For .NET applications, Microsoft makes available the Trace Event library (Microsoft.Diagnostics.Tracing.TraceEvent) for simplifying the logging of ETW events, which is available via NuGet. For preparing the environment and adding the trace library to our CSharp project, please refer to this helpful post by Alex Khanin.
Coding and Building the Proof-of-Concept Monitor
Within the sample project, we first make a few changes by removing unneeded overhead, timing elements, and kernel references. Second, we convert the Run() method into Main() since it is a console application. Lastly, we edit the heart of the program to ensure that we establish a session to only collect the (Loader) events that are useful for our purposes.
In the subsequent screenshot, the CLR Runtime Provider is enabled by the session.EnableProvider() method and is identified by ClrTraceEventPraser.ProviderGuid. We also specify ClirTraceEventParser.Keywords.Loader for raising events under the LoaderKeyword Keyword.
Note: The proof-of-concept code for our monitor can be found here.
After running our “Assembly Load Monitor” and invoking the GfxDownloadWrapper.exe, we can observe some very interesting information such as:
- Process CmdLine
- Assembly Name
- Assembly Module (DLL)
To take this a step further, we could parse the interesting data and send a message to the Event Viewer or log facility for post-processing. However, we’ll save that along with a few stress test cases for another day. All things considered, ETW is quite powerful and many other useful data sources can be tapped for the greater good!
Other Defensive Considerations
This technique did not bypass AppLocker with a default rules policy or Windows Defender Application Control (WDAC) with an enforced code integrity policy with my testing. If using an application control solution and customizing rules based on code signing as a trust enforcement mechanism, consider blocking application instances of GfxDownloadWrapper.exe or removing the catalog signature from the Catalog database.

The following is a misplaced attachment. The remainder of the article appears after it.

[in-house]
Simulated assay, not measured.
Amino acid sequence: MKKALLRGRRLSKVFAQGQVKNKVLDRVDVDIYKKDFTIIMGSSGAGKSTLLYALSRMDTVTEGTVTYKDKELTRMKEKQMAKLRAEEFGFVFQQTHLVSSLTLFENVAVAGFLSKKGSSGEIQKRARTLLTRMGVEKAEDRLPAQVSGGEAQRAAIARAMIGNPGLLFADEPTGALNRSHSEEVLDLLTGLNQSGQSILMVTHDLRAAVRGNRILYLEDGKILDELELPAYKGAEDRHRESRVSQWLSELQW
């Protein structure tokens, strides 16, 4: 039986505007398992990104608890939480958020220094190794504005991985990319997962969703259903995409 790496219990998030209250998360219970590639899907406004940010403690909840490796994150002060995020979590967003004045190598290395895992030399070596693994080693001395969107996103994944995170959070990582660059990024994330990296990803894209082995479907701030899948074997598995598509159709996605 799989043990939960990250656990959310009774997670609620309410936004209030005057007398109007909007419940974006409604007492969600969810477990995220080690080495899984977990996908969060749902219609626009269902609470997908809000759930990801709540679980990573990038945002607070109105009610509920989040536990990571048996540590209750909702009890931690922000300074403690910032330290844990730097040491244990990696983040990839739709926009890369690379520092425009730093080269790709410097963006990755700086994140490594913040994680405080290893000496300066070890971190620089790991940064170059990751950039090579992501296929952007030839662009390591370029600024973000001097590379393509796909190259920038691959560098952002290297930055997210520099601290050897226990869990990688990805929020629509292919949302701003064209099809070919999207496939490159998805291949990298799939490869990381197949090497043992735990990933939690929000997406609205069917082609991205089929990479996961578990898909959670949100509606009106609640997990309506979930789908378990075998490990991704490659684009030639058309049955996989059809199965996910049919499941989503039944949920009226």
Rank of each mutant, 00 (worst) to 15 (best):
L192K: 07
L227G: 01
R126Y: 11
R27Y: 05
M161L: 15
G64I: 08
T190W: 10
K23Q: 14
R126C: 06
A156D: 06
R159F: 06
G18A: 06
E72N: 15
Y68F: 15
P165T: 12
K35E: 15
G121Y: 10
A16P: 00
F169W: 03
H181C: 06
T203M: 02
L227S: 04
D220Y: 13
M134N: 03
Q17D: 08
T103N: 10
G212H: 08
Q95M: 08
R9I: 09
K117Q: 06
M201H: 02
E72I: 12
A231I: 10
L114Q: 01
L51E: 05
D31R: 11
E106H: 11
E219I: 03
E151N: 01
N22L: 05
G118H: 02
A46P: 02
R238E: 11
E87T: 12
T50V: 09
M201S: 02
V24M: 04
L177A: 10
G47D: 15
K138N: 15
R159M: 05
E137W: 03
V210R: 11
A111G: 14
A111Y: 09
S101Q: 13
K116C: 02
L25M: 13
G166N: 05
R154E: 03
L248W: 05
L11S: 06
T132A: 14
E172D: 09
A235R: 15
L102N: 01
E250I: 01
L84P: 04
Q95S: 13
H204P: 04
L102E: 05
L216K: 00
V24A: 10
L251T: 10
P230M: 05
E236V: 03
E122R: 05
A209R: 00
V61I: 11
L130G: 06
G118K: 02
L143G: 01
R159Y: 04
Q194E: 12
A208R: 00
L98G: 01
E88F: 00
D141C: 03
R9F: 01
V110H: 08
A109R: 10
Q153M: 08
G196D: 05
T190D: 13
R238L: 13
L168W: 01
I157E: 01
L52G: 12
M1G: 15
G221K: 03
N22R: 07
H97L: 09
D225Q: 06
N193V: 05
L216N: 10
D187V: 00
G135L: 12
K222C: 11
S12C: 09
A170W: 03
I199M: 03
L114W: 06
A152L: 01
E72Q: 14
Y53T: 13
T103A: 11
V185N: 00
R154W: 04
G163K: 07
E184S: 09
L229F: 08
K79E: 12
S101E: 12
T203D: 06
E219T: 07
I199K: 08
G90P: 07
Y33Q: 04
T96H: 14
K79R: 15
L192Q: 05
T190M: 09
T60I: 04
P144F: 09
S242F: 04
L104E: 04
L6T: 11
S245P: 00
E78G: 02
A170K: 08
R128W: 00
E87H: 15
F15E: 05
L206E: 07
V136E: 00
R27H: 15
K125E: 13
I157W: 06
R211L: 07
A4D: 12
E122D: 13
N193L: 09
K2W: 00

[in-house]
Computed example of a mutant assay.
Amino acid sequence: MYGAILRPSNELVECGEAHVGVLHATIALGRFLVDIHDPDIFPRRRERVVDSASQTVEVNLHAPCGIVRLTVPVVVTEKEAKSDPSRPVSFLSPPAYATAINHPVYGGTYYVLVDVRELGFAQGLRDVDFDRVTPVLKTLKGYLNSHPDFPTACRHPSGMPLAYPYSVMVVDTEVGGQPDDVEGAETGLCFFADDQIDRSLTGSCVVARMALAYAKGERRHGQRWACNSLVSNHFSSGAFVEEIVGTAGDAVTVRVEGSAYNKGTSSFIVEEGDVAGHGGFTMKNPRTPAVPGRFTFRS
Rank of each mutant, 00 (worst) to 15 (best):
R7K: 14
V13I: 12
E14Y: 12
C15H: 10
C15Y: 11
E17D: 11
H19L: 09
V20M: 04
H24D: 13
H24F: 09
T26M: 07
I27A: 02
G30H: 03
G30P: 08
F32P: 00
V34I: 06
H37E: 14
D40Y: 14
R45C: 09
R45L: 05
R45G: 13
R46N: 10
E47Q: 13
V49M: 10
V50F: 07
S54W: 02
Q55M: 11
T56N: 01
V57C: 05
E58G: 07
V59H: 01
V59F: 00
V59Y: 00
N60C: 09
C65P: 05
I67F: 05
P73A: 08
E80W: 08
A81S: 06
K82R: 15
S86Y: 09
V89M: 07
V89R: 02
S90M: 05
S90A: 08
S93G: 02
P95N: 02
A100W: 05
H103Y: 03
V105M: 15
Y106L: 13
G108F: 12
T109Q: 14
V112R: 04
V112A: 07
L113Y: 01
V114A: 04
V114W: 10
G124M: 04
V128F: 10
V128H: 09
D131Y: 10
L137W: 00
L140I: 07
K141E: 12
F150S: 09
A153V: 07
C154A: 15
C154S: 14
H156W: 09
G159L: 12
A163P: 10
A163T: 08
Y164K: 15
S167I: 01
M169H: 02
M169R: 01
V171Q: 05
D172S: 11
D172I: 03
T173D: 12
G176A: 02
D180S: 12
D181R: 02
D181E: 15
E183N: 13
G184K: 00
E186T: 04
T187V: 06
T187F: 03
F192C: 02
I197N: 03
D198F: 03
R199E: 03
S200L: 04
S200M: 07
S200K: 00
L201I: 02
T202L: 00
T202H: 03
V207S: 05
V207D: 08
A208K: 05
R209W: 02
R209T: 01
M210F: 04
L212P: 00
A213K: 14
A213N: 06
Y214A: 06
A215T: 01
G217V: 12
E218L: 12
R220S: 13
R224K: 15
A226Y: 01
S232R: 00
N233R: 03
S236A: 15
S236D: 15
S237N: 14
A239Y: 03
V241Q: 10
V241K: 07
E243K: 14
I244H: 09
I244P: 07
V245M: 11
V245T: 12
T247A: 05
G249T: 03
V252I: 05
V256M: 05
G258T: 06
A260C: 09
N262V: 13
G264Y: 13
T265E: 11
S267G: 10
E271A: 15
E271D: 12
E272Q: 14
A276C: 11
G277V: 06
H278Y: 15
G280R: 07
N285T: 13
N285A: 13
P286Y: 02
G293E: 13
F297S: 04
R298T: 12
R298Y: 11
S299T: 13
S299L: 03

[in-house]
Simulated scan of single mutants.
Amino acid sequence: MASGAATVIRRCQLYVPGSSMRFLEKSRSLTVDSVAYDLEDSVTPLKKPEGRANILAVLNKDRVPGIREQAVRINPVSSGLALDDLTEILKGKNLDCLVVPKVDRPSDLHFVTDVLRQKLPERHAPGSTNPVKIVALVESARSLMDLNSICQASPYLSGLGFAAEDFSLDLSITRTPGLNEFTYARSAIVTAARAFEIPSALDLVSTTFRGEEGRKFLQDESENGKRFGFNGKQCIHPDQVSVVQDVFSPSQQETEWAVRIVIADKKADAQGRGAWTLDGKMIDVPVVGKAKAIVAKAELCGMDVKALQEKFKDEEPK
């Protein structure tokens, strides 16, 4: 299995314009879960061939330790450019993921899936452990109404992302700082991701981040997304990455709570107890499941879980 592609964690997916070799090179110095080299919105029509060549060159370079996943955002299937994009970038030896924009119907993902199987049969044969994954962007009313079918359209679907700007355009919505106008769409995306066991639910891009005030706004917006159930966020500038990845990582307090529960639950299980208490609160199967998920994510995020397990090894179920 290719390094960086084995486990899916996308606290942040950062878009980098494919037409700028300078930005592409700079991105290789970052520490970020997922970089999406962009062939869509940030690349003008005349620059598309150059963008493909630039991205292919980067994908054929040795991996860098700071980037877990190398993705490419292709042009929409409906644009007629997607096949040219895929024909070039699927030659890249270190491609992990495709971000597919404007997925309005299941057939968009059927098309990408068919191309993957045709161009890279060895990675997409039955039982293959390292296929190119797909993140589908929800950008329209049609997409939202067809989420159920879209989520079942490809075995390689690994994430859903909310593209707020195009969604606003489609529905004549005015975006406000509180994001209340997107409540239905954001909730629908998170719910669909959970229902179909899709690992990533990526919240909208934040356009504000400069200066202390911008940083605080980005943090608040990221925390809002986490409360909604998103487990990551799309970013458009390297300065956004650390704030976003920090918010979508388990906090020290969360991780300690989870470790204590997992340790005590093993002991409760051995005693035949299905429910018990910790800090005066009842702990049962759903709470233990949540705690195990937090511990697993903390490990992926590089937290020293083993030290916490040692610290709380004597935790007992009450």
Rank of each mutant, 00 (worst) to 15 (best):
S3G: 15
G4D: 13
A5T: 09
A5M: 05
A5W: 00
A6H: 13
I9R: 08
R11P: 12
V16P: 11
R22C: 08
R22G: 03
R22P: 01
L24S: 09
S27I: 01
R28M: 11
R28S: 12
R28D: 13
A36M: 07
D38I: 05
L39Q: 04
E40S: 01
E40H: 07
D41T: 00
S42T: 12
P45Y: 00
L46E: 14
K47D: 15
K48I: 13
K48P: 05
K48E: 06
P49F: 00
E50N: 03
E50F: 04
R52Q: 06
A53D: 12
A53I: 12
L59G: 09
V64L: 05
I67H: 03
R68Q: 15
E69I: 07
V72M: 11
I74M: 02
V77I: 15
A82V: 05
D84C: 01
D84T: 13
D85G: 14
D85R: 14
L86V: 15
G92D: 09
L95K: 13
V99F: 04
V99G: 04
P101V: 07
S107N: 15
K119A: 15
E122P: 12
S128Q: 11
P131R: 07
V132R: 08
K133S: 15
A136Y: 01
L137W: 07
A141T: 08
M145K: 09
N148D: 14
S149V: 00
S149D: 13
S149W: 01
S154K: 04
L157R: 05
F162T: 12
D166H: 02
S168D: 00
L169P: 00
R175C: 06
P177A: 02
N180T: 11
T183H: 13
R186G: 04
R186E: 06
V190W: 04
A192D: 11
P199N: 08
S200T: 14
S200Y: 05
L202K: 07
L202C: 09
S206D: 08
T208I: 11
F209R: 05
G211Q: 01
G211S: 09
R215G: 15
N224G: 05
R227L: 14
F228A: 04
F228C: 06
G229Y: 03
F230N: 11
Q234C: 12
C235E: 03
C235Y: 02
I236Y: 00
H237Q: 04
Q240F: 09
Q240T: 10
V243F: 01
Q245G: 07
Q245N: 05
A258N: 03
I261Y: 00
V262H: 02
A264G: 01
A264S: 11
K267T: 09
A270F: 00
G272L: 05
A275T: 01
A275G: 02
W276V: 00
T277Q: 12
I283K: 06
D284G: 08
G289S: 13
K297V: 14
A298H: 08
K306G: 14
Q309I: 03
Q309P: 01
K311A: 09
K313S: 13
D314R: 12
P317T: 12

Note: Be very careful if attempting to remove catalog signatures from the catalog database. Unintended issues may arise.
*Update: As Daniel Schell points out in this tweet, the technique does appear to bypass AppLocker with Default Policy rules. I was not successful with my initial testing, but it is quite possible there was a misconfiguration on my test system.
Attack Surface Reduction
Driver Rollback and support software caching are certainly viable use cases for maintaining instances of previous software to address fallback issues. However, vendors (and subsequently organizations due to downstream impact) should consider removing much older-than-necessary versions of unused drivers and software to reduce risks associated with abuse and to promote the viability of applied patches in newer versions of the software. In addition to managing the presence of the software, vendors should consider maintaining catalog hygiene to remove the signatures of older software when new software updates are released.
Thank you for taking the time to read this blog post. If you have any questions or comments, please feel free to reach out on here or on Twitter.